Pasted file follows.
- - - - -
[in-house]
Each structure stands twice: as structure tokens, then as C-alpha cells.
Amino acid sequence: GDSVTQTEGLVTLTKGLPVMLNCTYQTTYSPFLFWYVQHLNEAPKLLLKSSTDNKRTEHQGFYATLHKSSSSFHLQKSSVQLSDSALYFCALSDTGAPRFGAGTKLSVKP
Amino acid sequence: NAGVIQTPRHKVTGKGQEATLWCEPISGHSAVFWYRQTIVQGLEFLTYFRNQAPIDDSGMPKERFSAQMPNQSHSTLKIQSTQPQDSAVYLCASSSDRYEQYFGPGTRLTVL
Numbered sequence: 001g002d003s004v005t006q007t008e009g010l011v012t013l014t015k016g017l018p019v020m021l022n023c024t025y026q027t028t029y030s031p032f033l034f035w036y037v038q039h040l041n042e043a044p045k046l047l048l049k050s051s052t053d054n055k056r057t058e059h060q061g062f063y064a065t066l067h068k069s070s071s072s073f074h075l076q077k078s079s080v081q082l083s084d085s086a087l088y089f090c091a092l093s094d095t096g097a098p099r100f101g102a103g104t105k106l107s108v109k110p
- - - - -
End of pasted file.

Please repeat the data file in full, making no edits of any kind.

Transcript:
[in-house]
Each structure stands twice: as structure tokens, then as C-alpha cells.
Amino acid sequence: GDSVTQTEGLVTLTKGLPVMLNCTYQTTYSPFLFWYVQHLNEAPKLLLKSSTDNKRTEHQGFYATLHKSSSSFHLQKSSVQLSDSALYFCALSDTGAPRFGAGTKLSVKP
Amino acid sequence: NAGVIQTPRHKVTGKGQEATLWCEPISGHSAVFWYRQTIVQGLEFLTYFRNQAPIDDSGMPKERFSAQMPNQSHSTLKIQSTQPQDSAVYLCASSSDRYEQYFGPGTRLTVL
Numbered sequence: 001g002d003s004v005t006q007t008e009g010l011v012t013l014t015k016g017l018p019v020m021l022n023c024t025y026q027t028t029y030s031p032f033l034f035w036y037v038q039h040l041n042e043a044p045k046l047l048l049k050s051s052t053d054n055k056r057t058e059h060q061g062f063y064a065t066l067h068k069s070s071s072s073f074h075l076q077k078s079s080v081q082l083s084d085s086a087l088y089f090c091a092l093s094d095t096g097a098p099r100f101g102a103g104t105k106l107s108v109k110p